In like fashion, node 3.0 relates to ostrich-feather-ornament. No hits had content relating to ostrich and feather and decoration, so no such node is included in the tree-shaped hierarchy.

For the sake of completeness, it will be noted that node 3.1 relates to ostrich-quill-decoration; node 3.2 to ostrich-quill-ornament; node 3.3 to ostrich-quill-adornment; node 3.4 to ostrich-quill-embellishment; node 3.5 to ostrich-plume-decoration; node 3.6 to eagle-feather-ornament; node 3.7 to eagle-feather-decoration; node 3.8 to eagle-feather-adornment; and node 3.9 to eagle-quill-ornament. The values for the third most heavily weighted category thus provide a way for semantically apportioning the hitlist at a third highest level.

Thus, the values within each category become intermediate nodes in a set of ordered layers of intermediate nodes. The order is set by the weighting of the categories. The most heavily weighted category is the one with the intermediate nodes in closest proximity to the root node.

The leaf nodes correspond to the results. Each leaf node may be thought of as having an upward set of intermediate nodes that define the leaf node's semantic relationship to the tree. This upward set of intermediate nodes is the set of nodes through which there is a path from the leaf node to the root node. In FIG. 8, e.g., the upward set of intermediate nodes for leaf node 4.6 includes intermediate nodes 3.4, 2.1, and 1.0. Intermediate node 3.4 relates to the value “embellishment”; node 2.1 relates to the value “quill”, and node 1.0 relates to the value “ostrich”. Because the nodes in the upward set of intermediate nodes of a given leaf node each relate to a value within a category, this gives the position of the leaf node a semantic significance within the tree-shaped hierarchy.

Uptree

FIG. 11a shows a tree shaped hierarchy similar to that of FIG. 8, but slightly different in that the nodes 4.1, 4.3, 4.5, 4.9, and 4.14 all refer to the same Web page (i.e., the same hit) 905. This situation might occur when the results retrieved are as shown in the following table. Note that hit 905 includes content relevant to more than one of the two values entered by the user for the categories animal, material, and usage. Hit 905 is relevant along more than one path through the tree-shaped hierarchy.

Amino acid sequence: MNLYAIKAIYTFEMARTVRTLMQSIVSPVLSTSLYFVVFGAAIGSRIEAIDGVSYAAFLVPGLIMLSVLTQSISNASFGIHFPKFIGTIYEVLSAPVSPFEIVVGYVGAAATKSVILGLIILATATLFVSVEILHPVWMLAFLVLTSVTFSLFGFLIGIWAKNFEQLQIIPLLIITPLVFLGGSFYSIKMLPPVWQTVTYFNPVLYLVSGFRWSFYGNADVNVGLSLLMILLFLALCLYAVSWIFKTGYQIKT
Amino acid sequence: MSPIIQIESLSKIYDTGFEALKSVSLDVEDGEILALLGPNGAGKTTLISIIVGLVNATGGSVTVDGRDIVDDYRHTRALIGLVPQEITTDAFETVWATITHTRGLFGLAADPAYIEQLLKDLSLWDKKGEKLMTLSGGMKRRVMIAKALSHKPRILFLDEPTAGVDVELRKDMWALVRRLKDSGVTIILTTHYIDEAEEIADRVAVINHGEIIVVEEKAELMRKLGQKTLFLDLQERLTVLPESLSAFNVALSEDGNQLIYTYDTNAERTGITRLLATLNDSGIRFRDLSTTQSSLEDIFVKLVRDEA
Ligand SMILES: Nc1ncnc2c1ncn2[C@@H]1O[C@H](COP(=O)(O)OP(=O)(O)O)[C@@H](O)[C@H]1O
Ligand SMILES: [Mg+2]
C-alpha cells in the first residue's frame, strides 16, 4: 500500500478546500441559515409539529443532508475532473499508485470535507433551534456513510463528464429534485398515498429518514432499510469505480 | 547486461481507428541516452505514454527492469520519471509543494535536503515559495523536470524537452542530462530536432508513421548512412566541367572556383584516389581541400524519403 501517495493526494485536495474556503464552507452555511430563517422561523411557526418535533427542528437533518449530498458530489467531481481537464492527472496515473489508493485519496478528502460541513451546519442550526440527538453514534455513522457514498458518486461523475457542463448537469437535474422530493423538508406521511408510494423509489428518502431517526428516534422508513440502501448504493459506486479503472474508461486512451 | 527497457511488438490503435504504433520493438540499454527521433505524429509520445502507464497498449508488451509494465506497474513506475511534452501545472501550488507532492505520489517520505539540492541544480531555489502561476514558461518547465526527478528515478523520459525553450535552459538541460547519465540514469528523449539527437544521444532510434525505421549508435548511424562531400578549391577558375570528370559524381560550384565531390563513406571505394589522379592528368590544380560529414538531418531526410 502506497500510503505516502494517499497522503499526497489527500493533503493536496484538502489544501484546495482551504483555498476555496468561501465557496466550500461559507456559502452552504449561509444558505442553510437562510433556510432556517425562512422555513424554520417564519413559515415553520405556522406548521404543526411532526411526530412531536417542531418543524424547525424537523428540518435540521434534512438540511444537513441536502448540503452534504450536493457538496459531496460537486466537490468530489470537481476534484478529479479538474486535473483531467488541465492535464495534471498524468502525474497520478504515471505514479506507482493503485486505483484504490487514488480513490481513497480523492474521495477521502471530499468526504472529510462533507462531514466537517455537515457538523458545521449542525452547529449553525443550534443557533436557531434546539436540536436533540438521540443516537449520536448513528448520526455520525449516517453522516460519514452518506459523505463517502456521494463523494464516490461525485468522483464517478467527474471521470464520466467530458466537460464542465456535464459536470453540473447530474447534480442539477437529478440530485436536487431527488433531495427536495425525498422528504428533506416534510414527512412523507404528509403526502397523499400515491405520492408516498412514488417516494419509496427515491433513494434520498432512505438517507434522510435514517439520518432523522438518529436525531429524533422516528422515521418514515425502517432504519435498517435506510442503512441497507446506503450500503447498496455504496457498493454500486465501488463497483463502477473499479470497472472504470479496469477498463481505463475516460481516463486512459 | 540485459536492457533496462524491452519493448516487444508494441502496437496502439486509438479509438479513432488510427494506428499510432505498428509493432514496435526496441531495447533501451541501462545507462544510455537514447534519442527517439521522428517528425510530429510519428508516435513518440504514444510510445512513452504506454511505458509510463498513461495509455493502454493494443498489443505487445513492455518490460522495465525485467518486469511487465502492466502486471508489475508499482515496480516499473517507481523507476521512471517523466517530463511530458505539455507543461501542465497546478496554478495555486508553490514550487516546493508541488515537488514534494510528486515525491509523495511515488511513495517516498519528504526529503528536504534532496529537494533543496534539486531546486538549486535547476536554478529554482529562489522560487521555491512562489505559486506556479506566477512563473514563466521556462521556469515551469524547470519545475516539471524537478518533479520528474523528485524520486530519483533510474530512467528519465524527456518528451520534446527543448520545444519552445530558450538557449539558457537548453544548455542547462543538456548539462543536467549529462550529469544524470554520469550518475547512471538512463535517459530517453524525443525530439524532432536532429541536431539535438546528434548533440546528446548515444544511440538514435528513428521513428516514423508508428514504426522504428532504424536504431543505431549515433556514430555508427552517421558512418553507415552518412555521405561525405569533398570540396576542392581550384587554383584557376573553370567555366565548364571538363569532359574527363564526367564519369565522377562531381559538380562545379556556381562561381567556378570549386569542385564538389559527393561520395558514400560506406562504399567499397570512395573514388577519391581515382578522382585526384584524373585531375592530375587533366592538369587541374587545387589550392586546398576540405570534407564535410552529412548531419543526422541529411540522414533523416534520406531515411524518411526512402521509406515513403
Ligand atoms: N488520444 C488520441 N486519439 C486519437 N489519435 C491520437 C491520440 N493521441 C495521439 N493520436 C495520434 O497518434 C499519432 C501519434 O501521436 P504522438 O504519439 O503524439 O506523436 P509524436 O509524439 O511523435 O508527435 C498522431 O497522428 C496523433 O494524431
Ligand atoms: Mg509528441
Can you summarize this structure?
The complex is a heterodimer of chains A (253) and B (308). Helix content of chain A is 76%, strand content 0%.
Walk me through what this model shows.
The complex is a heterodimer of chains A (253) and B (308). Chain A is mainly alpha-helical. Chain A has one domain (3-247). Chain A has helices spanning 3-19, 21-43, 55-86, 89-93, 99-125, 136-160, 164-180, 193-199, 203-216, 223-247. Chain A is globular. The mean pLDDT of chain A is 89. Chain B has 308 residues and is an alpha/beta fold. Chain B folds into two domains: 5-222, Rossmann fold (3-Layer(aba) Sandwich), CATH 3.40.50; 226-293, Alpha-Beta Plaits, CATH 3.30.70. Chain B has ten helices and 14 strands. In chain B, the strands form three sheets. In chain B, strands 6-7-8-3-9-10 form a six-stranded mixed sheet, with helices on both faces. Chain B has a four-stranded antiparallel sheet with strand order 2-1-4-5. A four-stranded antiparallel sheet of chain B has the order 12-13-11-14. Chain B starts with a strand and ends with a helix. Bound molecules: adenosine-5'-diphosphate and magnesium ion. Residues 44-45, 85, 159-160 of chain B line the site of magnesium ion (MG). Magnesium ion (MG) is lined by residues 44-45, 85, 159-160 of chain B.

TABLE 2
Result Information
900 ostrich, feather, ornament
902 ostrich, quill, decoration
904 ostrich, quill, adornment
905 ostrich, eagle, quill, feather, ornament,
embellishment
906 ostrich, quill, embellishment
907 ostrich, quill, embellishment
908 ostrich, plume, decoration
910 eagle, feather, decoration
911 eagle, feather, adornment
912 eagle, feather, adornment
913 eagle, feather, adornment
915 eagle, quill, ornament

In FIG. 11a, more than one leaf node relates to hit 905, and so the leaf nodes 4.1, 4.3, 4.5, 4.9, and 4.14 all resolve ultimately to the Web page (or database record) 905. Thus, each of these nodes might be thought of as being substantially identical in terms of their ultimate resolution when moving downward.

It will be appreciated, however, that since the five nodes just mentioned all resolve to the same Web page 905, they define a set of analytically acceptable paths which might be taken when going back from Web page 905 up into the tree shaped hierarchy.

Furthermore, it would be analytically appropriate to move upward from Web page 905 through any of the nodes 3.0, 3.2, 3.4, 3.6, or 3.9. In a sense, therefore, any of the nodes 4.1, 4.5, 4.9, and 4.14 might be thought of, in a conceptual sense, as being logically linked with the nodes 3.0, 3.2, 3.4, 3.6, or 3.9. This logical linkage forms an important concept in the navigation of the virtual space defined by the tree shaped hierarchy. In particular, this concept is the concept of the “uptree”.

FIG. 11b shows the uptree that is logically appropriate for any of the nodes 4.1, 4.3, 4.5, 4.9, and 4.14 by virtue of the fact that all of these nodes reference the same Web page 905. It may be said that these nodes, from the vantage point of only result 905, have an isolated semantic identity at that result. Because of this isolated semantic identity of the nodes 4.1, 4.3, 4.5, 4.9, and 4.14, all of these nodes are represented by node 4.x in FIG. 10b. Result 905 may be referred to as a point of isolated semantic identity.